134 research outputs found

    Bayesian binary quantile regression for the analysis of Bachelor-Master transition

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    The multi-cycle organization of modern university systems stimulates the interest in studying the progression to higher level degree courses during the academic career. In particular, after the achievement of the first level qualification (Bachelor degree), students have to decide whether to continue their university studies, by enrolling in a second level (Master) programme, or to conclude their training experience. In this work we propose a binary quantile regression approach to analyze the Bachelor-Master transition phenomenon with the adoption of the Bayesian inferential perspective. In addition to the traditional predictors of academic outcomes, such as the personal characteristics and the field of study, different aspects of the student's performance are considered. Moreover, a new contextual variable, indicating the type of university regulations, is taken into account in the model specification. The utility of the Bayesian binary quantile regression to characterize the non-continuation decision after the first cycle studies is illustrated with an application to administrative data of Bachelor graduates at the School of Economics of Sapienza University of Rome and compared with a more conventional logistic regression approach.Comment: 24 pages, 7 figures and 3 table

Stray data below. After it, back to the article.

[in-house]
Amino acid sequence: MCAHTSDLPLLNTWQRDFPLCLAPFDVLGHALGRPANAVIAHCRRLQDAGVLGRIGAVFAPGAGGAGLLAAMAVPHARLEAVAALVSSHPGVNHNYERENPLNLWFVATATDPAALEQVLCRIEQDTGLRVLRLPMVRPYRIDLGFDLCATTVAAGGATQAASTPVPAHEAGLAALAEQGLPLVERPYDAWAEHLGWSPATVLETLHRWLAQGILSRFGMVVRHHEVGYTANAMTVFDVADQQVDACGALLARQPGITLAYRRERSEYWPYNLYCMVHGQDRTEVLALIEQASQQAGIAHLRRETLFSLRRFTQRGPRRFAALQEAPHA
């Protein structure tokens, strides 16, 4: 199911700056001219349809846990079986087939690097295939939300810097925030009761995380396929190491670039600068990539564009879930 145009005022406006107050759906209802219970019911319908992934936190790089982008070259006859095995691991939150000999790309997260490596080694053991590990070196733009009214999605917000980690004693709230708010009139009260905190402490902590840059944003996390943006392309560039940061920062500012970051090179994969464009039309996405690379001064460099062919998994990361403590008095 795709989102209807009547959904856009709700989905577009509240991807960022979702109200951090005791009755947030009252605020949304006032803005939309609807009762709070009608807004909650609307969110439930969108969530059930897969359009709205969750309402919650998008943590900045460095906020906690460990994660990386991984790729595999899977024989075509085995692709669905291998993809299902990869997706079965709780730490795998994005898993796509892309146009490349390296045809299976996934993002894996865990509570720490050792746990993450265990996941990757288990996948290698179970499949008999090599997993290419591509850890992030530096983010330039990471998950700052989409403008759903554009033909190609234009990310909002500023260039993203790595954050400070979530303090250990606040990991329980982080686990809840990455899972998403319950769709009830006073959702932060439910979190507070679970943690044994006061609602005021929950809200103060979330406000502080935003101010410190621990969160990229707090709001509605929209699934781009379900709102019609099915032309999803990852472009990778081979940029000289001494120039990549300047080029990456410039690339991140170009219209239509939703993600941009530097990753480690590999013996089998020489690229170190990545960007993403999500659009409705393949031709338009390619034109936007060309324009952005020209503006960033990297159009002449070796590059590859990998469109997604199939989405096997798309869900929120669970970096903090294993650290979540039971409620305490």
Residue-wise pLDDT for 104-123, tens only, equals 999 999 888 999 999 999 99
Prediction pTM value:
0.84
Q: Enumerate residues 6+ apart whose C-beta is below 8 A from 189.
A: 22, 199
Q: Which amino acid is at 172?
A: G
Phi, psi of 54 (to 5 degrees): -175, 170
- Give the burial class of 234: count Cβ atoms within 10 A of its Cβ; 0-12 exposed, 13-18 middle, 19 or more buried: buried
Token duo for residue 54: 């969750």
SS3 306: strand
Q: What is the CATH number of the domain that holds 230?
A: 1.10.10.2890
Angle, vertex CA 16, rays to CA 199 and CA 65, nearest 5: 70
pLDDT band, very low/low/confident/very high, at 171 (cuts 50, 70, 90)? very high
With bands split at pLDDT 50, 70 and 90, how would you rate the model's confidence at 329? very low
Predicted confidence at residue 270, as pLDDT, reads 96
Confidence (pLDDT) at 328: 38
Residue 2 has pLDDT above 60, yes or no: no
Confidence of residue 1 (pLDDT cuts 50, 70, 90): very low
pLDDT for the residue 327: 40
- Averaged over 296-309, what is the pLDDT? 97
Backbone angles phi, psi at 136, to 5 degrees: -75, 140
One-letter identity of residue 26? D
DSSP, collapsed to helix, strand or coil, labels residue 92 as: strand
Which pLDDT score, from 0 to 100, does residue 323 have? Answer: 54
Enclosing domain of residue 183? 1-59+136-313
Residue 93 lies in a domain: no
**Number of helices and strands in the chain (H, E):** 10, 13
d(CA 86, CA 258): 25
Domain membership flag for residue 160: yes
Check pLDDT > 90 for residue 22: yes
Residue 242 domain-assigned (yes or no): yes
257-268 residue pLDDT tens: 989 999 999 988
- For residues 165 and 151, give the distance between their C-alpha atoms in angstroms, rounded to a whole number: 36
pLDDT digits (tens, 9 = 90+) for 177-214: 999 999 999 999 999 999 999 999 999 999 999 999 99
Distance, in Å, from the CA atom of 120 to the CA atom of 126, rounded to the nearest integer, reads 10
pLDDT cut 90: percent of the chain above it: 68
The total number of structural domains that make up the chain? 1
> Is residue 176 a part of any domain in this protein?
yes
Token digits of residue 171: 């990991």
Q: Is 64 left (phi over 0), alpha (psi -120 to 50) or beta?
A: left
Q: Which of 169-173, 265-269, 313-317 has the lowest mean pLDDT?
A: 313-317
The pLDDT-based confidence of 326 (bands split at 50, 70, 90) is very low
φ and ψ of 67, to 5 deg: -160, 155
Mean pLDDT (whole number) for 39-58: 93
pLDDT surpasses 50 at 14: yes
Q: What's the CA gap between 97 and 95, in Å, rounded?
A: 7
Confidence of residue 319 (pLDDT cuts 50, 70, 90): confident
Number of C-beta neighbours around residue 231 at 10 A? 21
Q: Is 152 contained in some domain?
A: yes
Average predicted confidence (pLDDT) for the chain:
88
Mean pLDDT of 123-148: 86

On the Lp-quantiles for the Student t distribution

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    L_p-quantiles represent an important class of generalised quantiles and are defined as the minimisers of an expected asymmetric power function, see Chen (1996). For p=1 and p=2 they correspond respectively to the quantiles and the expectiles. In his paper Koenker (1993) showed that the tau quantile and the tau expectile coincide for every tau in (0,1) for a class of rescaled Student t distributions with two degrees of freedom. Here, we extend this result proving that for the Student t distribution with p degrees of freedom, the tau quantile and the tau L_p-quantile coincide for every tau in (0,1) and the same holds for any affine transformation. Furthermore, we investigate the properties of L_p-quantiles and provide recursive equations for the truncated moments of the Student t distribution

    Large deviations for risk measures in finite mixture models